• Advocacy – to encourage public policy that supports the growth of the plastics industry;
  • Energy recovery and recycling – to facilitate increased recycling and recovery of plastics’ stored energy content; and
  • Pellet containment – to extend wide-scale adoption of Operations Clean Sweep® throughout North America and beyond.

While observing our anniversary in July, we proudly added another member: ANIPAC, the leading  plastics association in Mexico. It was a gratifying  way to celebrate our Alliance, making it a truly North American entity. NAPA now encompasses the Plastics Division of the American Chemistry Council (ACC), the Canadian Plastics Industry Association (CPIA), SPI: The Plastics Industry Trade Association and Asociación Nacional de Industrias del Plástico, A.C. (ANIPAC).

At the start, we believed that leveraging our individual programs through enhanced cooperation among Alliance members would provide increased value to our associations and our member companies. And we were correct.

For example, on the outreach front, although each of our U.S. and Canadian associations has communications programs, we now routinely promote each other’s content through social media, greatly expanding the reach of our individual efforts.

carol hochu 2

Carol Hochu, President and CEO, CPIA

On the advocacy front, CPIA representatives joined with ACC and SPI in Washington, DC, for the plastics industry “Fly-in” in July, demonstrating the cross-border nature of the North American industry. Representatives from seven plastics associations, along with 111 member company participants, went to Capitol Hill to meet and discuss key issues with elected officials. In total, we met with 122 members of Congress, enhancing our industry’s profile in the Capitol and underscoring our contributions to jobs and sustainability.

The three U.S. and Canadian associations also are actively involved in energy recovery projects. In the City of Edmonton, Alberta, we’re working together to determine if adding more non-recycled plastics to a system that converts waste to gas improves efficiencies and results in better synthetic fuel products. (So far the answer appears to be yes.) The system is a full-scale “gasification” facility that is part of Edmonton’s efforts to divert 90 percent of its waste from landfills through recycling, composting, and waste-to-fuels technologies. We also are working together on plastics-to-oil projects to jumpstart technologies that convert the energy in non-recycled plastics into fuels.

Plastics recycling in the U.S. and Canada continues to show year-over-year growth, supported by myriad technical and communications programs to improve collection and scrap value sponsored by our associations. This fall, SPI will coordinate a meeting of North American plastics recycling association leaders to share best practices on plastics recycling and determine how to work more closely together in the future.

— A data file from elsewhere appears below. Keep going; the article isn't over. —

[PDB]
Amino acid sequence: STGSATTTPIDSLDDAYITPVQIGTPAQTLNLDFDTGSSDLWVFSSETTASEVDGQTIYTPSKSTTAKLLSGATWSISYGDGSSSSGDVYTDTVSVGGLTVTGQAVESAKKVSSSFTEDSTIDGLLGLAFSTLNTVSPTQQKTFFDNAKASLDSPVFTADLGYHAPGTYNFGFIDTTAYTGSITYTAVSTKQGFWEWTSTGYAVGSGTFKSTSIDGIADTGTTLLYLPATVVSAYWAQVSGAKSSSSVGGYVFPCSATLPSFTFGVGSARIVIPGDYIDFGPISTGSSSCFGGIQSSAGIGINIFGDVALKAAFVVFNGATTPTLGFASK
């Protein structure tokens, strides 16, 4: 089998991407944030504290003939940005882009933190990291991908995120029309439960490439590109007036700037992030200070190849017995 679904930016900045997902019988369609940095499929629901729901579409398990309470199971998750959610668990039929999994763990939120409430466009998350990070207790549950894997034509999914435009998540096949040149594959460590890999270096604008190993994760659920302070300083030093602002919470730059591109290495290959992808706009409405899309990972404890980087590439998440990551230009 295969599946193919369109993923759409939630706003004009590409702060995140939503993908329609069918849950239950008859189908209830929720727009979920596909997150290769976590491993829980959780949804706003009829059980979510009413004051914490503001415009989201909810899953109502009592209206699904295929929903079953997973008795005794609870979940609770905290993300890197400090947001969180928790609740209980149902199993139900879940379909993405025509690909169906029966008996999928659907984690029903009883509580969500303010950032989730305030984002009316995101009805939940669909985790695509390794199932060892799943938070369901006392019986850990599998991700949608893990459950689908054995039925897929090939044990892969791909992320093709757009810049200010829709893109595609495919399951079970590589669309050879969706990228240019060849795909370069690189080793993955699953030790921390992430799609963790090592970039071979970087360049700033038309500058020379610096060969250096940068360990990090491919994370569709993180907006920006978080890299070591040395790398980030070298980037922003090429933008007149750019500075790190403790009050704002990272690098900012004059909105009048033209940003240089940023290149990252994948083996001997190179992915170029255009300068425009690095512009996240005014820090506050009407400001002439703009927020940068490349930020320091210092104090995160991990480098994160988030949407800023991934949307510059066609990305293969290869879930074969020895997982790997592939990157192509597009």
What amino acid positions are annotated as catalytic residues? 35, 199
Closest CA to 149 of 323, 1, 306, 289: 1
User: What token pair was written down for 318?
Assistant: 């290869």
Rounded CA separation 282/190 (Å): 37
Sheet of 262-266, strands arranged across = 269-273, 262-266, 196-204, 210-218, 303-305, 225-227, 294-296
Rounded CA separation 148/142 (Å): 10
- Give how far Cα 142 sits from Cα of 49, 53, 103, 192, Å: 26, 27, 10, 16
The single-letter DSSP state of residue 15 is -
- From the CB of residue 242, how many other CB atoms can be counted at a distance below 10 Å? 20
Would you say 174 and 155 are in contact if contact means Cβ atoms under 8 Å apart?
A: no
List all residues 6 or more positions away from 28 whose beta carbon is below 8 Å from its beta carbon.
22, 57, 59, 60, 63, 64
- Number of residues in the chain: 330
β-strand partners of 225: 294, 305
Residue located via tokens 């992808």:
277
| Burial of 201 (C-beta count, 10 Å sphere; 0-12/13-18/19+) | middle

Steve Russell, Vice President, Plastics Department, ACC

Efforts to improve and expand programs that help prevent resin pellets from entering waterways and the marine environment were particularly successful. In 2011 only the U.S. associations and their member companies were implementing Operation Clean Sweep. SPI created the Operation Clean Sweep initiative in 1992 to focus on proper containment of plastic pellets by resin producers, transporters, bulk terminal operators, and plastics processors.

Today, plastics associations in 12 additional countries, including Canada and Mexico, have launched Operation Clean Sweep. U.S. and Canadian associations have pledged to increase member company participation in Operation Clean Sweep this year by 30 percent and 20 percent, respectively. In addition, Plastics Europe is transitioning its member country associations  to the initiative. These efforts are part of the global plastics industry’s public commitment to tackle a global problem: plastic litter in the marine environment.

So what’s next?  There’s more to do in each of these areas, and through the alliance, we’re discovering new ways to be more efficient and more effective.  Our industry is large, diverse and growing every day.  And it’s clear that our needs are best served when we all work together.

The North American plastics industry is re-surging following a severe recession, with new opportunities brought on by cost-advantaged shale gas. NAPA pledges to help maximize that resurgence through cross-border cooperation and leveraged resources to enhance opportunities for the plastics industry and its products – in the U.S., Canada, and now Mexico.

Friday, July 26th, 2013

Technophobia — It’s More than Chemophobia and Plastiphobia

We in the plastics business frequently are impacted by plastiphobia — the irrational fear of plastics, and because it is irrational it is all the more frustrating trying to deal with it. Logical, factual, scientific arguments are shouted down by phobics, or simply ignored. I think the following quote provides a helpful perspective on the broader area of technophobia: